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Reading

Reading Together

Regular reading with your child is probably the best help you can give to ensure they go on to be successful throughout school and beyond.

A child who struggles with reading will struggle with the rest of the curriculum. This will get worse as they get older and may lead to them falling further behind their friends. At worst they will feel frustrated, a failure and start to dislike school and learning.

A child who learns to love reading will have a head start in life and be best placed to make the most of all that education has to offer.

Tips for Parents

Regular short reading sessions are much better than fewer longer sessions.

Make a regular routine and stick to it e.g. 10-15 minutes before bed or a regular TV programme.

Make the reading session a positive, fun time when your child can have your full attention and they will soon look forward to them. Before you read the book:

  • Look at the cover and try to guess what the book or story is about
  • Read the ‘blurb’ on the back which often tells you about the content or story
  • Flick through any pictures to get an idea of what happens

If your child cannot read the book they have chosen:

  • They may well enjoy using the pictures to help them tell the story in their own words
  • You can read the book to them, encouraging the child to join in with the bits they know, finish a line or re-read after you

If your child gets stuck on a word you can help them make a good guess by:

  • Looking for clues in the pictures
  • Looking at the first letter of the word
  • Re-reading the sentence up to the tricky word
  • Trying to build the word

If they are still stuck or tired, just say the word so they can carry on with the story.

When reading together:

  • It can be useful to run your finger along the line as you read
  • Talk about the characters, ‘Why did he do that?’, ‘How do you think she feels?’ etc
  • Relate events to your own experience, ‘Can you remember when we went to the seaside?’
  • Try to guess what will happen next

After reading:

  • Ask if the child liked or disliked the book and why
  • What were the best bits?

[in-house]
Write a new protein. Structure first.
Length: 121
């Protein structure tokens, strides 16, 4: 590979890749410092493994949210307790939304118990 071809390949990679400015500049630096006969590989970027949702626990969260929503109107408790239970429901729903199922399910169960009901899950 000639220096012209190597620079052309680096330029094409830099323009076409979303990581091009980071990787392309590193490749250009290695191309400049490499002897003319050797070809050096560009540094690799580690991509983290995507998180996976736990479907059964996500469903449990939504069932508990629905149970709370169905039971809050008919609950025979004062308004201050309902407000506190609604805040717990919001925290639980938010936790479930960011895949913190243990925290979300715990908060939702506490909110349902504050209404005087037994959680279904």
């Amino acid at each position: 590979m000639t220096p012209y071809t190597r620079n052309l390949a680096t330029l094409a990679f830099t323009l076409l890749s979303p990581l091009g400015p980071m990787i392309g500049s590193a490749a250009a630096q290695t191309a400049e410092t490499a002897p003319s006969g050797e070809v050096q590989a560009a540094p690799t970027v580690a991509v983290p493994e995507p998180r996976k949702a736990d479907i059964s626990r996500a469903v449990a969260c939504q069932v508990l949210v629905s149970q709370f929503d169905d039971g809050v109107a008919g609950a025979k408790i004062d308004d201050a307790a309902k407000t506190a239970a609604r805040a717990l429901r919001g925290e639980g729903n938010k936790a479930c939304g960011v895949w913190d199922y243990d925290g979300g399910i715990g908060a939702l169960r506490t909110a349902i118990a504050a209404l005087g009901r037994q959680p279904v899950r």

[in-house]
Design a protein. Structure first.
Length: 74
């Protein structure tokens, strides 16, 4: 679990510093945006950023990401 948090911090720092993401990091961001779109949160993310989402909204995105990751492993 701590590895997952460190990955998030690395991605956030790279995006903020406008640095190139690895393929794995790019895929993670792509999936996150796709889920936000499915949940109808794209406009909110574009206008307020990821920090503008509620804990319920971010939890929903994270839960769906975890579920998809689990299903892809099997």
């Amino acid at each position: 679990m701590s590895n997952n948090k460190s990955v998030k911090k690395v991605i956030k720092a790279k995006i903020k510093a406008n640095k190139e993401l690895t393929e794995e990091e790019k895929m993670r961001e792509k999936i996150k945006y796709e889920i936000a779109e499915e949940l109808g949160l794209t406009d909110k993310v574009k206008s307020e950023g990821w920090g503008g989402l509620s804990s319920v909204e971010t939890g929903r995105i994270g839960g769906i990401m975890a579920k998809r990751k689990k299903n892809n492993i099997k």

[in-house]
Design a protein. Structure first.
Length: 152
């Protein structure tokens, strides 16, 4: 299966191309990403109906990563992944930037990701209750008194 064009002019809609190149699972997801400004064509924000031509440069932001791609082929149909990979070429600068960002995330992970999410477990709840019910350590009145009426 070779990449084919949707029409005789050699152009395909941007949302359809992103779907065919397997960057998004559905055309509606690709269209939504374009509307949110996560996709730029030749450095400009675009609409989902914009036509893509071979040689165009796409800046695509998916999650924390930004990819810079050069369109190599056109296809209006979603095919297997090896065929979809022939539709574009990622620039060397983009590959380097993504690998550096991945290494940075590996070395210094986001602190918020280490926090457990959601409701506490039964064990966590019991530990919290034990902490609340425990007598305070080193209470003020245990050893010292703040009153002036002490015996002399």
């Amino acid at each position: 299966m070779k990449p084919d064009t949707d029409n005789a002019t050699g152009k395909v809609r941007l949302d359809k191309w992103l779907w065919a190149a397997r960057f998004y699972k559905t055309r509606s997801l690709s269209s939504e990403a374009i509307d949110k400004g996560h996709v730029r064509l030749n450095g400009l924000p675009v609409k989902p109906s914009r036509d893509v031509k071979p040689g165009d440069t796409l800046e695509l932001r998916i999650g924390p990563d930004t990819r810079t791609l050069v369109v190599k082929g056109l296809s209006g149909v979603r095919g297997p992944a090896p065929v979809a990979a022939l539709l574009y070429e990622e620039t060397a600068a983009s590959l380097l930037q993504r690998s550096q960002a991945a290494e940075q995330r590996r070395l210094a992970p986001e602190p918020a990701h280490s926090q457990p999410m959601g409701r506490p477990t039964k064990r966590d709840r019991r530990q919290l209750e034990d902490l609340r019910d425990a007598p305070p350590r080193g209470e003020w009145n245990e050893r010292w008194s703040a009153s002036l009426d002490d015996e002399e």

• Who was your favourite character and why?
  • Re-read the story if the child wants

Always use lots of praise and encouragement.  Happy Reading!

Reading Tips for Reading Records

Tips for Comments

1. What made you choose the book:

  • the author
  • the cover
  • the ‘blurb’
  • the subject
  • something else?

2. Where and when is the story set?

3. Who are the main characters and what are they like?

4. What part of the story did you enjoy most?

5. Was the story too easy or hard to read?

6. Would you recommend the book to a friend?

7. Will you look for more books by the same author?

8. Give the book a star rating:

* Poor   ** OK   *** Good   **** Very good   ***** Excellent

Tips for Reading

1. Try to read a range of books:

  • Fiction / Non-fiction
  • Poetry / Plays

2. Try to choose books within the colour band of your group reading book. It should not be too easy or too hard.

3. Before you read the book:

  • Look at the cover and try to guess what the book or story is about
  • Read the ‘blurb’ on the back which often tells you about the content or story
  • Flick through any pictures to get an idea of what happens.

4. If you get stuck on a word you can make a good guess by:

  • Looking for clues in the pictures
  • Looking at the first letter of the word
  • Re-reading the sentence up to the tricky word
  • Trying to build the word

5. Try to read a little every day and to an adult as much as possible.

The Giving Machine
North East Disability Sports Award
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